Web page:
From Tour of the German Speaking Alps 2010

The "descent" into Germany was hardly worth that name. Schliersee, for instance is 784m, so there wasn't much descending at all. We kept our cycling caps on since we were still pedaling. We stopped for a quick stop at Bayrischzell, where the German train system ended, but the town did not have much, so we kept going to Schliersee.
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I had been to Schliersee often on rides, but had never stopped there. The lake is beautiful, and it's high enough to be relatively cool on what promised to be a hot weekend in Munich. There was a lot of construction in the town itself, and it took a while for us to find the tourist information, which was right at the lake. We did find a bed and breakfast, but once again discovered that the tourist information had given us incorrect prices. The price was still acceptable, however, so we chose not to keep searching.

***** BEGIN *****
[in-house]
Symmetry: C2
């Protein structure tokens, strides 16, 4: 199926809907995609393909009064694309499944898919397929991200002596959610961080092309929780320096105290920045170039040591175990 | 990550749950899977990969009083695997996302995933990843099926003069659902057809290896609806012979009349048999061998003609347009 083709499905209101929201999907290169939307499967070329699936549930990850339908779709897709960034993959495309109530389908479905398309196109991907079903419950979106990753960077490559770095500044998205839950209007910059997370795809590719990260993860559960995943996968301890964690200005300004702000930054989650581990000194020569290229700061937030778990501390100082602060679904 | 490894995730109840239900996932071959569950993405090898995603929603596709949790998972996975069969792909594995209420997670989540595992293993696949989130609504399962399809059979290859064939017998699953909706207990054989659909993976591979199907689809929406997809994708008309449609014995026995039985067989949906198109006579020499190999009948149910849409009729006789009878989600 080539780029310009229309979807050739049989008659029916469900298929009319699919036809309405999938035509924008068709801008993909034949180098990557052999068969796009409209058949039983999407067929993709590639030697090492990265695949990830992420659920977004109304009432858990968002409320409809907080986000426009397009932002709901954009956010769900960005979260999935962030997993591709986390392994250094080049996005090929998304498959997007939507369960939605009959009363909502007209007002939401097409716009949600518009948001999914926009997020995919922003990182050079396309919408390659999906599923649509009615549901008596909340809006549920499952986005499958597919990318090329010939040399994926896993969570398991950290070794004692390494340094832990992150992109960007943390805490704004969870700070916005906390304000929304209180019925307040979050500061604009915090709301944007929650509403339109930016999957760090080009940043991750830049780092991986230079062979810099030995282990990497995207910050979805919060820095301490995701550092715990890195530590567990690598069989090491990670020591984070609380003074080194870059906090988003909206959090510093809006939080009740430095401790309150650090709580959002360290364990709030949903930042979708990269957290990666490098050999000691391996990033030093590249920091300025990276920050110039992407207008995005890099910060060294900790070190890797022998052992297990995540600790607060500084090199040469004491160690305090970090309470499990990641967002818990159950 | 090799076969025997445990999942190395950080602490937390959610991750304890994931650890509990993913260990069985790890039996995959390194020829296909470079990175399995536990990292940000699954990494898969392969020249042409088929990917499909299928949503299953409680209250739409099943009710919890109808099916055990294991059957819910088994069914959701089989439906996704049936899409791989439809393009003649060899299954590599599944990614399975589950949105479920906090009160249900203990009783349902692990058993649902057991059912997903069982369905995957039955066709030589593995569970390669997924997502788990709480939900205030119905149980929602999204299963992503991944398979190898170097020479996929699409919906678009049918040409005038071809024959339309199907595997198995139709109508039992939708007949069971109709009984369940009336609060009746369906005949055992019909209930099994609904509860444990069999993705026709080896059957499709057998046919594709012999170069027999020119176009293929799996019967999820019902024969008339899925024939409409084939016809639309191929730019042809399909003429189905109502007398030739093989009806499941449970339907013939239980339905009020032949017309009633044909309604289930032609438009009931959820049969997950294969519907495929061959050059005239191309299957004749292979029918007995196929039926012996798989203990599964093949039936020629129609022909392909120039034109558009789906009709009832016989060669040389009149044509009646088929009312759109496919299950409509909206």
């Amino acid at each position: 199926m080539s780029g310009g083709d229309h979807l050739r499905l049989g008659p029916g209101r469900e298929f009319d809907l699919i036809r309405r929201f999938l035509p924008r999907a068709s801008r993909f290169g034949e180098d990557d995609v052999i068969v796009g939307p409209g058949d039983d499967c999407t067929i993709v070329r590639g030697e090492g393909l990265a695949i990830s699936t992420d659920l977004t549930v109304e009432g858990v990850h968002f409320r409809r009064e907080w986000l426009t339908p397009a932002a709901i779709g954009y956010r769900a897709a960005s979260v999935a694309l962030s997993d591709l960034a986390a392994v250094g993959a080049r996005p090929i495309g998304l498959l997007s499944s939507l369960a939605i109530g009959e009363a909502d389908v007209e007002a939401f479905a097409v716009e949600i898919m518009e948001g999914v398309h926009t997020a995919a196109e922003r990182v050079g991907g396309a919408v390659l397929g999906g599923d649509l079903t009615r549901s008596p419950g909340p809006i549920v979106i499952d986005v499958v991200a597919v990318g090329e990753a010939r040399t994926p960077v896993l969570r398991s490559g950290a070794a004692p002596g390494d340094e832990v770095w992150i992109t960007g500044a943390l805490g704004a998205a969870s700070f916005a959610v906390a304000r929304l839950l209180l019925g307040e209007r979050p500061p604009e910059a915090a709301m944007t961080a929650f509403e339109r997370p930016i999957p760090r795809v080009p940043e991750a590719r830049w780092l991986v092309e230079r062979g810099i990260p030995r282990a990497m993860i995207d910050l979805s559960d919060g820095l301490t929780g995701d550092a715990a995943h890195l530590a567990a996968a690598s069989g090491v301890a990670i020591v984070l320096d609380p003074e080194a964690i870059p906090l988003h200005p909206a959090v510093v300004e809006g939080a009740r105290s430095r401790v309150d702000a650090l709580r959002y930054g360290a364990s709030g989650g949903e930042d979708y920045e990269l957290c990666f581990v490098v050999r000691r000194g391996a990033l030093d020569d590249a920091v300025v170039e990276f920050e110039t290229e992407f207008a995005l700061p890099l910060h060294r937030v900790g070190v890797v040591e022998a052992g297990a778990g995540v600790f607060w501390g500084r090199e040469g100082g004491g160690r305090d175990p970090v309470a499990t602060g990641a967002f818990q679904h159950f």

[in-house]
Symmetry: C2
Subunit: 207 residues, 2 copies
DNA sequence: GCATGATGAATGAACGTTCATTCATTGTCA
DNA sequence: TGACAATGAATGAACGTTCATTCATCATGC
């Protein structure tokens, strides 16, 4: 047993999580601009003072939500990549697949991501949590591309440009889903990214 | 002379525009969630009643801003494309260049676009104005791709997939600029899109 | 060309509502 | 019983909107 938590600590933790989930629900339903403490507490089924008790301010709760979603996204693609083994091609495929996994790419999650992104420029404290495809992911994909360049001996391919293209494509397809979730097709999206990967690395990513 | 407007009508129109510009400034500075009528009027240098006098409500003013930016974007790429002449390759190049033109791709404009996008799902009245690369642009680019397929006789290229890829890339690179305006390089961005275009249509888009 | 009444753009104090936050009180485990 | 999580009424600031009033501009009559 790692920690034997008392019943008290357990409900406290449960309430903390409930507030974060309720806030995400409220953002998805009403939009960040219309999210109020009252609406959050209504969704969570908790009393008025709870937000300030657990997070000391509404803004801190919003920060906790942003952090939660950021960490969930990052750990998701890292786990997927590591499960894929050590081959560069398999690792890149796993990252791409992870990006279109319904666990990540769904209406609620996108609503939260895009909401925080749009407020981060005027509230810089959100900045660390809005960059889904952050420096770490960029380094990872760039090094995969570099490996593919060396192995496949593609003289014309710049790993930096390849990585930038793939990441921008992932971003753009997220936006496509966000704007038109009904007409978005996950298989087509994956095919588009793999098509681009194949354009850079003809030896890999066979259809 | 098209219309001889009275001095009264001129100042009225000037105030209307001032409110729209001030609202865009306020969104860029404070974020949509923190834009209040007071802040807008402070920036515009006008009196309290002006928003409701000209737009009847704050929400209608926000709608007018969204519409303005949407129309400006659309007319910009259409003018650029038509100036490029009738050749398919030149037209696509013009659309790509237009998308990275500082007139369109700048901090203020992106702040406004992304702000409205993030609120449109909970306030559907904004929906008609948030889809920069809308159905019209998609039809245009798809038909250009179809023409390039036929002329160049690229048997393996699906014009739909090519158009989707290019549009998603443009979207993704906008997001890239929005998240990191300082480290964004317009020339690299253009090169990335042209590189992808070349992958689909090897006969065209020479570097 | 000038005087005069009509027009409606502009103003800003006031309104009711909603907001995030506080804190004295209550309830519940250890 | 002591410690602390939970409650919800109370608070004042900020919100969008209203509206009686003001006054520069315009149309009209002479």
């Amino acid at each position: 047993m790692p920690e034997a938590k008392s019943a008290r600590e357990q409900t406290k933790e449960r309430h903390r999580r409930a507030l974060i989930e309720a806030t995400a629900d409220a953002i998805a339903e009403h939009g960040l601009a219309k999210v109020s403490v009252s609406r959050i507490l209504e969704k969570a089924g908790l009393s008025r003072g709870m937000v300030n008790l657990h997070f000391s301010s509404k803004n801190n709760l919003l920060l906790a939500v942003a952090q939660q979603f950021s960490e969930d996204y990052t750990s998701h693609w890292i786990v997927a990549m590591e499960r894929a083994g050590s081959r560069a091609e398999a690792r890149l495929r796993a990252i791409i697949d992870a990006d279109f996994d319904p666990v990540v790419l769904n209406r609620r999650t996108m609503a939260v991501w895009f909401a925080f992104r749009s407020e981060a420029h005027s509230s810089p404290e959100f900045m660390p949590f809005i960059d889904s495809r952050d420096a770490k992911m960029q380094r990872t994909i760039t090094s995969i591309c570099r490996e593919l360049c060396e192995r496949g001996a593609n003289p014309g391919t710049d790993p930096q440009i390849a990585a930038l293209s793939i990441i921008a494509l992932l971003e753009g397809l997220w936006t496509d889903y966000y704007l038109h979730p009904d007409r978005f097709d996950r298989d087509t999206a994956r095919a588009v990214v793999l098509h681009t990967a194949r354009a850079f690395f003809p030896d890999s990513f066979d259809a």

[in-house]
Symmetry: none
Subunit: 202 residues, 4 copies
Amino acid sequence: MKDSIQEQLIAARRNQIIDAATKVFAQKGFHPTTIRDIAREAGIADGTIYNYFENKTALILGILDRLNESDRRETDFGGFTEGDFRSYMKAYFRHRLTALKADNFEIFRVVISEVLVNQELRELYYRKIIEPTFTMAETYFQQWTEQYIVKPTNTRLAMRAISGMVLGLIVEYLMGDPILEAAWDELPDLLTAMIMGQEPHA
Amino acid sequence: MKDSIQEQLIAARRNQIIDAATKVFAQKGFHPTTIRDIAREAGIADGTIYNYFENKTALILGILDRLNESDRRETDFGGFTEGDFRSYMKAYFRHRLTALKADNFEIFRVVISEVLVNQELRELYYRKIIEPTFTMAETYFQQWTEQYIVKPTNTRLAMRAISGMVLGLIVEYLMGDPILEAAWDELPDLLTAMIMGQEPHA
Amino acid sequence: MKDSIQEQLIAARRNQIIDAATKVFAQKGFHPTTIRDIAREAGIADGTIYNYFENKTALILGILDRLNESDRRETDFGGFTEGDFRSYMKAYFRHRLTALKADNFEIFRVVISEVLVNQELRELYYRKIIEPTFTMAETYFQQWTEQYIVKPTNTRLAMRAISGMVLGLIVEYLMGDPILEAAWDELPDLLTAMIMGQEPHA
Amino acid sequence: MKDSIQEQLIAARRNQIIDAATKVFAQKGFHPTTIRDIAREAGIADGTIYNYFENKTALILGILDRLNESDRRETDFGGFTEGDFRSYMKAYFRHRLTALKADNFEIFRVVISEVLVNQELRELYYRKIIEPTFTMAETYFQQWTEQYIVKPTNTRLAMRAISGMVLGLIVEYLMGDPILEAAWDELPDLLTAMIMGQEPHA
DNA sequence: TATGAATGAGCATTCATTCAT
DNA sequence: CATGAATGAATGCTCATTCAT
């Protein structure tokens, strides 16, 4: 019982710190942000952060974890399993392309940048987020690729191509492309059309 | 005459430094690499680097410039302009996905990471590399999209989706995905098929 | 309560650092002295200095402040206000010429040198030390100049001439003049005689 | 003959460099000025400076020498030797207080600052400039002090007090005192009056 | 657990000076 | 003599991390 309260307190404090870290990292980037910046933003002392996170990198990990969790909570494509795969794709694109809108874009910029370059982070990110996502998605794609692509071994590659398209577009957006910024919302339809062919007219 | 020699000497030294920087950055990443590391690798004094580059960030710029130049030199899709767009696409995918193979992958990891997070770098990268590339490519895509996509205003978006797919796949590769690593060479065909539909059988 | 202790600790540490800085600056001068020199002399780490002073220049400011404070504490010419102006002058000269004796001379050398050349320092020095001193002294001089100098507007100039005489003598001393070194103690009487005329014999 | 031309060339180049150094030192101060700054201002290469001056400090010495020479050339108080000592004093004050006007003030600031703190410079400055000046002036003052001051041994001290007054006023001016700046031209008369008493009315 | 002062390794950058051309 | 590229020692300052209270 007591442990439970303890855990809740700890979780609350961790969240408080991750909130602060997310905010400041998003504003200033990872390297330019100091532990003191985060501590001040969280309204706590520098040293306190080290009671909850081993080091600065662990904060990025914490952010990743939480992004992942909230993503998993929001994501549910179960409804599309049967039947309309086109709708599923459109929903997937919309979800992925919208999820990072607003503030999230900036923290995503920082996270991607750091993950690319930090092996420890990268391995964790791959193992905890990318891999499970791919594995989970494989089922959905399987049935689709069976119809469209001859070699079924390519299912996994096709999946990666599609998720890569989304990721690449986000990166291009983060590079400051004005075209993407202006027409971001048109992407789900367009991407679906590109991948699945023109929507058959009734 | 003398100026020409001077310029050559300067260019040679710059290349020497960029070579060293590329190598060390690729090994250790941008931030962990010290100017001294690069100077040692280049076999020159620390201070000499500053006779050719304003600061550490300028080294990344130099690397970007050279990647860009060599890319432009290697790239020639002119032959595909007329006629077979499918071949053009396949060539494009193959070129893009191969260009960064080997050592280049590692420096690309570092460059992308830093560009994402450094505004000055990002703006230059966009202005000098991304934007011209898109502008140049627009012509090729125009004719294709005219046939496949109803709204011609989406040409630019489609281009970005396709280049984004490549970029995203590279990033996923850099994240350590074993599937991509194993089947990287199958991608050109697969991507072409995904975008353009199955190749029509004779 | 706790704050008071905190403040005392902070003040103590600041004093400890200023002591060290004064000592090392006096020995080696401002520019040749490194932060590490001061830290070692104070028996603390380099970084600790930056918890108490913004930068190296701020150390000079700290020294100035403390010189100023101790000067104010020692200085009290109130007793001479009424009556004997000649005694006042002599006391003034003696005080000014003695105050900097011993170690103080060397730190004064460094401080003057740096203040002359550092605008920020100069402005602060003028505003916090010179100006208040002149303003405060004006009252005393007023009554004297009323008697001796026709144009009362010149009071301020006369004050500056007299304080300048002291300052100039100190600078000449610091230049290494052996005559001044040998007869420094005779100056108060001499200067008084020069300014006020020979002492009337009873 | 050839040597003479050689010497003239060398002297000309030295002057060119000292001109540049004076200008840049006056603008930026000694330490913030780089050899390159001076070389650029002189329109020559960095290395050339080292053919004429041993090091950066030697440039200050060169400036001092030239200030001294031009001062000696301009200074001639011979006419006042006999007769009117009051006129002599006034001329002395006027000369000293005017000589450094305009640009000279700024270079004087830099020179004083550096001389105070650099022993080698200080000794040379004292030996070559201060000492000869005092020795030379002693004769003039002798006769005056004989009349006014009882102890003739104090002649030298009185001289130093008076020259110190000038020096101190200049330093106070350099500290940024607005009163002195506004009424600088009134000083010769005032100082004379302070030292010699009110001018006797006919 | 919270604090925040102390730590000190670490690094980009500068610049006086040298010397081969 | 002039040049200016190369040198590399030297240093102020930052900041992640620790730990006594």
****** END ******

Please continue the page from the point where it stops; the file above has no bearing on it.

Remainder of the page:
From Tour of the German Speaking Alps 2010

We bought a supermarket lunch and walked down to the lake side to dine in the shade. It being very hot, the spots near the lake were pretty much taken up, but we did find something. There was a group of what looked like high schoolers sunbathing, smoking, and otherwise playing the fool in the area. After lunch and a nap, Lisa wanted to go swim in the local water resort, which had heated pools, a Jacuzzi, and even an enclosed water slide that felt far faster than it should have been.

We spent 90 minutes there, then got out to send messages to Chris, who had offered the use of his apartment in Munich while he was away, and tried to find a place to buy a SIM card to no avail. Dinner was at the local Greek restaurant which I did not enjoy, but tomorrow was a rest day, and we felt like we had earned it.

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Thursday, July 15, 2010

Day 29: Rattenberg to Kufstein